Modern tourists regard the remaining temples of Bagan as equal to the Angkor Archaeological Park in Cambodia; in 2019, Bagan pulled alongside its Cambodian rival with its overdue recognition as a UNESCO World Heritage Site.

UNESCO recognition or not, Bagan certainly belongs in any Myanmar itinerary worth mentioning, and indeed many travelers make sure to cover Bagan when exploring greater Southeast Asia. Make the most of your Bagan visit by taking on one of the adventures listed here.

1. Explore the Temple Plain

Bagan still has over 2,000 temples remaining, down from 10,000-plus in its glory days.

Bagan residents built the stupas that litter the temple plain as acts of merit; at the height of the Pagan Kingdom, even the middle classes made their own stupas, though none were to rival the ones commissioned by Bagan kings.

Most of Bagan’s temples can be found within the Bagan Archaeological Zone; a ticket costing MMK 25,000 (US$15.67) must be purchased before entering the Zone. Luckily, you don’t have to see all of the 2,000 temples to get the whole Bagan experience. If pressed for time, you can visit these must-see temples in the space of two days.

As the temples are active Buddhist places of worship, visitors must pay proper respect before entering—footwear must be removed (no exceptions!), modest clothes worn, and proper behavior followed. Read about Buddhist temple dos and don’t’s for a more detailed look at the rules.  

2. Fly in a Hot-Air Balloon Over Bagan

Bagan’s temples are best viewed from a high vantage point, and there’s no higher (or more jaw-droppingly gorgeous) perspective than the one you’ll get from a hot air balloon gliding 2,000 feet in the air.

Unlike helicopter and ultralight flights, balloon flights are relatively silent and static, combining with the reddish angled light of the sunrise to create the best conditions for viewing Bagan’s temple plain. If you’ve got the cash to spare (flight rates cost between $300 to $500 per person, read about money in Myanmar), and if you’re visiting during the short ballooning season (from October to mid-April), put balloon flying over Bagan on your must-do list.

Three companies provide ballooning services over Bagan: Golden Eagle Ballooning, Oriental Ballooning, and the company that started it all, Balloons Over Bagan. Flights can last between 45 minutes to an hour, not including the pre-dawn pickup from your hotel.

3. Watch the Sun Set Over the Irrawaddy River

If balloon flights are beyond the reach of your budget, you can still climb on a dwindling number of multi-tiered temples to see Bagan’s gorgeous sunsets reflecting off the Irrawaddy River in the distance.

Before tourism became a major Bagan concern, most temples permitted visitors to climb to their upper decks. But after increased tourist traffic and not a few accidents marred the temple-climbing experience, the government has cracked down: visitors may only climb five temples in Bagan, and additional closures can be announced without notice.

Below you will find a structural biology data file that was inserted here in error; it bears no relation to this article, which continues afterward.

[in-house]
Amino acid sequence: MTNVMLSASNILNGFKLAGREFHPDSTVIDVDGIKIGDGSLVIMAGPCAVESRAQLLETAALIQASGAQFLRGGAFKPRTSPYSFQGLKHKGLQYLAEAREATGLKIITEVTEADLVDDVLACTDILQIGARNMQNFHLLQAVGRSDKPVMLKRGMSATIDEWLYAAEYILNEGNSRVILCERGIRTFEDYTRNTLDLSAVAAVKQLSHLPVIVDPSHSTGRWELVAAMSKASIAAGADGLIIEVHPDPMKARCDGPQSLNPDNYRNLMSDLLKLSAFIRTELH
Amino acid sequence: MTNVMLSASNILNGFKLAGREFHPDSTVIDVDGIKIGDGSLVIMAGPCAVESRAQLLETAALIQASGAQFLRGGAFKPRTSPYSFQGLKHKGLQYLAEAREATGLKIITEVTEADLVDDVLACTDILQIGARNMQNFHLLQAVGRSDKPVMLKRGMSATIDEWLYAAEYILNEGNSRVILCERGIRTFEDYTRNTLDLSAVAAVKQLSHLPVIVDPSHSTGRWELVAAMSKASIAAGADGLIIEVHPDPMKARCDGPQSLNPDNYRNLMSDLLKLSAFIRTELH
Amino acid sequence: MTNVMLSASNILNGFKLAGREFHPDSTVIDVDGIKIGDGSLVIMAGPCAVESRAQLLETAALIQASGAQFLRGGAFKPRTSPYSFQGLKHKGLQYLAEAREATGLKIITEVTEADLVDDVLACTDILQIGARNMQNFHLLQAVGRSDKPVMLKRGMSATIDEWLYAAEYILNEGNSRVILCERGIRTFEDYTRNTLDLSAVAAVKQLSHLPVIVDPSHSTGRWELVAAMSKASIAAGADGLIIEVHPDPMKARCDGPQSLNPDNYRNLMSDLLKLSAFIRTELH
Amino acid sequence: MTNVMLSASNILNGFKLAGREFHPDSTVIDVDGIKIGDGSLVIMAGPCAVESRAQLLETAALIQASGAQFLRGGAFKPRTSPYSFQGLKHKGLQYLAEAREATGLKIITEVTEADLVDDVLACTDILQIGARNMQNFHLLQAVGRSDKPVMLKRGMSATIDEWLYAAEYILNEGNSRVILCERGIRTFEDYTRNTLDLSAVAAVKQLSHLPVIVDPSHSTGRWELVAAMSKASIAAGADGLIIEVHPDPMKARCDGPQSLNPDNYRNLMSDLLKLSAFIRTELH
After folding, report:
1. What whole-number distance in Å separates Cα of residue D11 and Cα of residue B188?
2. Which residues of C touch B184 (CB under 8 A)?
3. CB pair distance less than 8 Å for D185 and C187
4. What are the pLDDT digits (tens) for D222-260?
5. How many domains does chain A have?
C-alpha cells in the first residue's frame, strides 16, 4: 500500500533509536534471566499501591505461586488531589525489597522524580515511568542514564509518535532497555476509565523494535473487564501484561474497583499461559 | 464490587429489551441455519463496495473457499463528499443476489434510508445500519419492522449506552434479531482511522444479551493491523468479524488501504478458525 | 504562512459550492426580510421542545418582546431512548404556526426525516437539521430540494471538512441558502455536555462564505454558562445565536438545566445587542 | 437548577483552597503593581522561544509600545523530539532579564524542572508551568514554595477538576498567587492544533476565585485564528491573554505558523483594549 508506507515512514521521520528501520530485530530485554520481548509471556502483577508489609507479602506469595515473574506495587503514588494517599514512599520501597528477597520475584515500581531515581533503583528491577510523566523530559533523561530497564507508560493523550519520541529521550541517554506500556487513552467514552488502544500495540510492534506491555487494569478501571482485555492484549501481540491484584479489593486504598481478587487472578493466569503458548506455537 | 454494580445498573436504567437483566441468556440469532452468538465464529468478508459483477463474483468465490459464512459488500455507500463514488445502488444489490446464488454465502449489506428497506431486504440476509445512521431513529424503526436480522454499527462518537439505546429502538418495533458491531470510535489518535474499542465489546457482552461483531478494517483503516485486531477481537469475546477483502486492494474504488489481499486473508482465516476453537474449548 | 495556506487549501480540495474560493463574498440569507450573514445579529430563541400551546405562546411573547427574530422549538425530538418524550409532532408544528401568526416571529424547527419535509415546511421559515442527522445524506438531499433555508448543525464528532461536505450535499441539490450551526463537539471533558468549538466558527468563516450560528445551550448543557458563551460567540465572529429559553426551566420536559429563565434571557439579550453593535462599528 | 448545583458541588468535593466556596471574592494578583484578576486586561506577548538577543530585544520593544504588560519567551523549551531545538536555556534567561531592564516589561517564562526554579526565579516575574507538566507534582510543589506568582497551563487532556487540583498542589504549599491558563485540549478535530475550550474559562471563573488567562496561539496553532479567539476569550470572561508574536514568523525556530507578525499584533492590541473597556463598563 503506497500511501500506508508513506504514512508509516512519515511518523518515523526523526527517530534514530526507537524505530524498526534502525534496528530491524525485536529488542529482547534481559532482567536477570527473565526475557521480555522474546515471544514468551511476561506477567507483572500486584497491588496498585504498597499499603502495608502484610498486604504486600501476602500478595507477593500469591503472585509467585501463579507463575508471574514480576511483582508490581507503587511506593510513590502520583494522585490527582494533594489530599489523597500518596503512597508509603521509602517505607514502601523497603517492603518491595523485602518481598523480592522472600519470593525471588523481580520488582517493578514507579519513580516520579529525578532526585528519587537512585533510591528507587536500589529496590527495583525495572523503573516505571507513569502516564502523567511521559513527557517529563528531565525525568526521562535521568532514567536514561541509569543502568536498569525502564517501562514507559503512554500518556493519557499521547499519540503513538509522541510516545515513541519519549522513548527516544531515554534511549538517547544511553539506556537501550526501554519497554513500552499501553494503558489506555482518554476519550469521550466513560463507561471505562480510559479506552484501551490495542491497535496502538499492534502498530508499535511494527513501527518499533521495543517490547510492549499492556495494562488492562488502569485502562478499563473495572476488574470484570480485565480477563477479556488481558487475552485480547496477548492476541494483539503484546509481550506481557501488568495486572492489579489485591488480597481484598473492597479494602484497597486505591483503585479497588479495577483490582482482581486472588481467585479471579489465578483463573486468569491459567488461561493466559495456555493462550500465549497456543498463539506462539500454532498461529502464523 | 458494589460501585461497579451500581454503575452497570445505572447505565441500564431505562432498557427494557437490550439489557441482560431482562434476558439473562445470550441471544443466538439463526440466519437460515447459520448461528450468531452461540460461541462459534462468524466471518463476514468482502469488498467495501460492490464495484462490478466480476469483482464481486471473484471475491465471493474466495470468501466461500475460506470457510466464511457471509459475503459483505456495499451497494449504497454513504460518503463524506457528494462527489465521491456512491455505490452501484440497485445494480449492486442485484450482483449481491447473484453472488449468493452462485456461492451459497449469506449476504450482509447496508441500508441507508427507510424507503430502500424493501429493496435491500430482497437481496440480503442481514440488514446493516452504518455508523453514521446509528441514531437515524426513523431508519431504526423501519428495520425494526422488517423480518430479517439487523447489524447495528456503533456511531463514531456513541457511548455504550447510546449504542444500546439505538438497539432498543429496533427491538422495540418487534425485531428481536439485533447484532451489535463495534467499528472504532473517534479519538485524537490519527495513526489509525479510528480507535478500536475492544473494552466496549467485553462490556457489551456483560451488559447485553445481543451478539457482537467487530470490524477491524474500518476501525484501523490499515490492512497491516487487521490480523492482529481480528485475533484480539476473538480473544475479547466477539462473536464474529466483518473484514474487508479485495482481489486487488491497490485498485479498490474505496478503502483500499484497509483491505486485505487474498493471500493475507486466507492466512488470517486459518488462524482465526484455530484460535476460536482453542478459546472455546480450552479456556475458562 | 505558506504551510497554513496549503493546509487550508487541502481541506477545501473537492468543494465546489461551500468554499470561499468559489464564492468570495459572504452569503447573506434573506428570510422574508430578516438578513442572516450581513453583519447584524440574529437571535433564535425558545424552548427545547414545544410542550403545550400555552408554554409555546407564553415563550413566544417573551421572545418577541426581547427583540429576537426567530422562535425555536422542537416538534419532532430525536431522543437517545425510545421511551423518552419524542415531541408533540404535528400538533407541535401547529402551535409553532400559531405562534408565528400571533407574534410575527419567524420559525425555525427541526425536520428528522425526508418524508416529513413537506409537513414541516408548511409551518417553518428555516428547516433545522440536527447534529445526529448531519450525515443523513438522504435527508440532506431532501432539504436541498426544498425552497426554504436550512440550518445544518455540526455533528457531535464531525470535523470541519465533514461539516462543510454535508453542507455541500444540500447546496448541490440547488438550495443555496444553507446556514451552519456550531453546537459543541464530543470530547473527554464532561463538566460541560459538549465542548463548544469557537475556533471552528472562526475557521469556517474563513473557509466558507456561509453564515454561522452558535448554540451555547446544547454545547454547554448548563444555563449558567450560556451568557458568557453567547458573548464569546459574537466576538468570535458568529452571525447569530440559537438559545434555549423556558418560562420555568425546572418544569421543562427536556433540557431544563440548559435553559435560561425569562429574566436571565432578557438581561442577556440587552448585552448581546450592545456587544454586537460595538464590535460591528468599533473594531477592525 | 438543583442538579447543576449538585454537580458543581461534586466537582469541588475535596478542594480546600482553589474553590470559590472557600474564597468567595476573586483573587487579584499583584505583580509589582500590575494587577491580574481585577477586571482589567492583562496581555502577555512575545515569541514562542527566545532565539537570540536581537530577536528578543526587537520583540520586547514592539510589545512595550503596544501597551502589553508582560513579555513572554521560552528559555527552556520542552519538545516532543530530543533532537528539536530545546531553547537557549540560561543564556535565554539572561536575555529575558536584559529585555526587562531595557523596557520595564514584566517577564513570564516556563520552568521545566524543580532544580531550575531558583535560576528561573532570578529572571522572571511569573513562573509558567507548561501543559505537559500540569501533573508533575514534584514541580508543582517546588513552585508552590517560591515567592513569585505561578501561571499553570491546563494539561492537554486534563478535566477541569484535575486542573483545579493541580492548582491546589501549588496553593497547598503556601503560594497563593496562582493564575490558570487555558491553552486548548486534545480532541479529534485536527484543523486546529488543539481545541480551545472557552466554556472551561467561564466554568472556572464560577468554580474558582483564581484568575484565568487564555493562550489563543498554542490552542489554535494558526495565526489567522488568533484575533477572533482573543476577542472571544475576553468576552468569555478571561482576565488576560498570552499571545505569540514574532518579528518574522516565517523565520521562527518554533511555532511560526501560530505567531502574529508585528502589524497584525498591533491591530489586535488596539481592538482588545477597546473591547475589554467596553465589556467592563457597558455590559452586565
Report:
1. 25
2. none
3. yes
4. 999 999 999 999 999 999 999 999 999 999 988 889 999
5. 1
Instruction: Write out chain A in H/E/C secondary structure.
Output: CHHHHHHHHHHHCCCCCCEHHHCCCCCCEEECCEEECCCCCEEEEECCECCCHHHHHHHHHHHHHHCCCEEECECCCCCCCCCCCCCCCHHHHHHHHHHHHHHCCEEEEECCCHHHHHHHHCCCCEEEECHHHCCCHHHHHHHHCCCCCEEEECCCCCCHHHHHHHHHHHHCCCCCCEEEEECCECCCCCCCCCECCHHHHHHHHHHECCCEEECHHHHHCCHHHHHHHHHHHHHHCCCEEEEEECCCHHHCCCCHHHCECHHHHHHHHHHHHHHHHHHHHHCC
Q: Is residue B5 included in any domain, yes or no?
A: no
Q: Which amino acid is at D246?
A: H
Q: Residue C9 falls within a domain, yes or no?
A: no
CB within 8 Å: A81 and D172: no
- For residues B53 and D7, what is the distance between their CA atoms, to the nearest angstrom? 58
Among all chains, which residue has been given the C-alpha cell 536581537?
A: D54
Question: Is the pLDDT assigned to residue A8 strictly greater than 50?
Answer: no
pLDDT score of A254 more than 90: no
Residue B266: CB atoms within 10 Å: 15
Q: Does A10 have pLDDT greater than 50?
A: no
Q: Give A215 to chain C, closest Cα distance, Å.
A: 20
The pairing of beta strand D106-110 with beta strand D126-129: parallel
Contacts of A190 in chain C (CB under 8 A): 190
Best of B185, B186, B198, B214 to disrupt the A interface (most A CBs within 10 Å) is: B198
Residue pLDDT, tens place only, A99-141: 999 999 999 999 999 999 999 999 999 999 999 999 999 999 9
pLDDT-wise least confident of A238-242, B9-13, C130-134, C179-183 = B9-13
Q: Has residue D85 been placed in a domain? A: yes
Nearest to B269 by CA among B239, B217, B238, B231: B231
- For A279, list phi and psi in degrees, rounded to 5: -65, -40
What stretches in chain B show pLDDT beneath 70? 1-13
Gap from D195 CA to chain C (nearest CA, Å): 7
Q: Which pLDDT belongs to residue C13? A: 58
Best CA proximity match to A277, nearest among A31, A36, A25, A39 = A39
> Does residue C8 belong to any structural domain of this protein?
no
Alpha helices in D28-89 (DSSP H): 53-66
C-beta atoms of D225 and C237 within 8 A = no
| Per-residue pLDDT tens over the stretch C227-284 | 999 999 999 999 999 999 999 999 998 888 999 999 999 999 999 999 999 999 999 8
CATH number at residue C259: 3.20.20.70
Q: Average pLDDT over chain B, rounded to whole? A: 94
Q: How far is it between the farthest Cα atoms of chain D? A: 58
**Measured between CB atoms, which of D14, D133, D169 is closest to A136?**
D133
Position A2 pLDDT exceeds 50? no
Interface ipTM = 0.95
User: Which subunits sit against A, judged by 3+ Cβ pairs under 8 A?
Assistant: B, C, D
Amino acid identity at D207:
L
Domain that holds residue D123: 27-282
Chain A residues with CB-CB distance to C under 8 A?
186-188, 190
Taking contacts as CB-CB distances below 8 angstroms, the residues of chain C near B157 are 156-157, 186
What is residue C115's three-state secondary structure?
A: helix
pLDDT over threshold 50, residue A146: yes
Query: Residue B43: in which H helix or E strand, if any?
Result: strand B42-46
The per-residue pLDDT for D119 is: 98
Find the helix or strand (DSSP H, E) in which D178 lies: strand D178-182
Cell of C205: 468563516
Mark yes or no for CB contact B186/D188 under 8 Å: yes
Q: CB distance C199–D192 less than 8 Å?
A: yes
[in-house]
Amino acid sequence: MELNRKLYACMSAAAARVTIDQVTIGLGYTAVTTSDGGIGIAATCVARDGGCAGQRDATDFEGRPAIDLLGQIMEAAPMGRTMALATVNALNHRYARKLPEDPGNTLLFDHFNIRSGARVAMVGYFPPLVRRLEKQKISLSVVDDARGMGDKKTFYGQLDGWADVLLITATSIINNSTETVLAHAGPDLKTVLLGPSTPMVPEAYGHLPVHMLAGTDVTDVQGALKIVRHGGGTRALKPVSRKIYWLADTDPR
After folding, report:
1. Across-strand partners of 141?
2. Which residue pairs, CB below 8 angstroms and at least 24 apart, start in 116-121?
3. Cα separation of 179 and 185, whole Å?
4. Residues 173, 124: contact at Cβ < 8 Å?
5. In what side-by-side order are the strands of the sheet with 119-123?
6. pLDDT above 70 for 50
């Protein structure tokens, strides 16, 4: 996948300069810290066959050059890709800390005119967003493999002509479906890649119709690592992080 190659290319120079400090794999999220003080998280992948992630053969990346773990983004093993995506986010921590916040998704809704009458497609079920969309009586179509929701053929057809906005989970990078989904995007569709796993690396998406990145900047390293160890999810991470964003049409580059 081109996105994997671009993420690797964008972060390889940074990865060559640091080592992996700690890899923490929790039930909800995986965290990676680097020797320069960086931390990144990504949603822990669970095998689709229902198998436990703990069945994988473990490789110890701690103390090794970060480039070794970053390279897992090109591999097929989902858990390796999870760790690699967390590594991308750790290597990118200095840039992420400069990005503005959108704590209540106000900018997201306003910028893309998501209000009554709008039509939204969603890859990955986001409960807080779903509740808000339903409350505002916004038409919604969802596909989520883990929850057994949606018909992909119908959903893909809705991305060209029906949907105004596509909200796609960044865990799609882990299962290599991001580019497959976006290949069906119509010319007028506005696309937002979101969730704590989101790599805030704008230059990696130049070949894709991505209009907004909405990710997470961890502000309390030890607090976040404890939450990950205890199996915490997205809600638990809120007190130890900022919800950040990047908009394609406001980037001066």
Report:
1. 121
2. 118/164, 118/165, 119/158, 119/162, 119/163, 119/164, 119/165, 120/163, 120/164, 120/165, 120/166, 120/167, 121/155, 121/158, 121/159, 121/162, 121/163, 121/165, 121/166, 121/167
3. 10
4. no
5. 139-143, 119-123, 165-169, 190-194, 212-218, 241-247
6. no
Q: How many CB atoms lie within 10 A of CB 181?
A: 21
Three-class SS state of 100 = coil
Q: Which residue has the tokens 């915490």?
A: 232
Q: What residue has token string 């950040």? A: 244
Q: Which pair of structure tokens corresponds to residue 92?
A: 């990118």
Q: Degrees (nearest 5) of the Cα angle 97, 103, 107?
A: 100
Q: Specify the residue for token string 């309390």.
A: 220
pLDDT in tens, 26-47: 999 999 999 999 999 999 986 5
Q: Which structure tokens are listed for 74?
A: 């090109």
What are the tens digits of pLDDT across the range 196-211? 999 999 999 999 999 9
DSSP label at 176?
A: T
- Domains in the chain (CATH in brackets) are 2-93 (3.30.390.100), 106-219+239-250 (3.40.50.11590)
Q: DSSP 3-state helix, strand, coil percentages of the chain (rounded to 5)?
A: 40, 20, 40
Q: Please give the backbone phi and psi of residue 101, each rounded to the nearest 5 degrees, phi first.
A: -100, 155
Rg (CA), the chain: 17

Two temples alongside the Irrawaddy River will never be affected by these closures, as they lack tiers to climb, thus making them excellent (and much safer) candidates for sunset viewing. If you’re mobility-challenged, lack travel insurance, or prefer riverside views, head off to the gourd-shaped Bupaya Pagoda and the sacred Lawkananda Pagoda for your sunset fix.

4. Shop for High-Quality Lacquerware

Lacquerware feels like it belongs to the past—non-microwave-safe, hand-carved, and crafted using traditional materials and centuries-old formulas. But like many ancient crafts, lacquer has a beauty that few modern equivalents can reproduce.

The town of Myinkaba near Bagan has been a center for lacquer production for centuries, having been introduced by Siamese and Lanna emigres in the 1500s. The present-day lacquer workshops use techniques little changed from their ancestors’ time—from curing lacquerware in underground cellars to hand-carving designs into the lacquer with styluses.

Unlike other handicrafts, lacquerware improves with age: colors brighten as the years go on, making antique lacquerware particularly prized by collectors. Bagan lacquer artisans favor black, yellow, green, and red colors in their products, seen all over the jewelry boxes, coasters, cups, and jars sold in shops all up and down Myinkaba’s main drag.

5. Attend Bagan’s Biggest Festival

The biggest festival in Bagan takes place in January, on a moveable feast day that coincides with the Burmese Pyatho month’s full moon and the harvest season’s end. In the weeks leading up to Ananda Festival, the locality around its namesake temple fills up with bullock carts bringing pilgrims and their offerings.

Locals set up a fairground in a place of honor near the temple, hawking traditional Myanmar food and other diversions for visitors.

The festival gives Burmese Buddhists the chance to earn merit by providing donations of food and clothing to the local community of monks, who line up by the hundreds near the Ananda Temple to receive the offerings supplied by grateful locals.

According to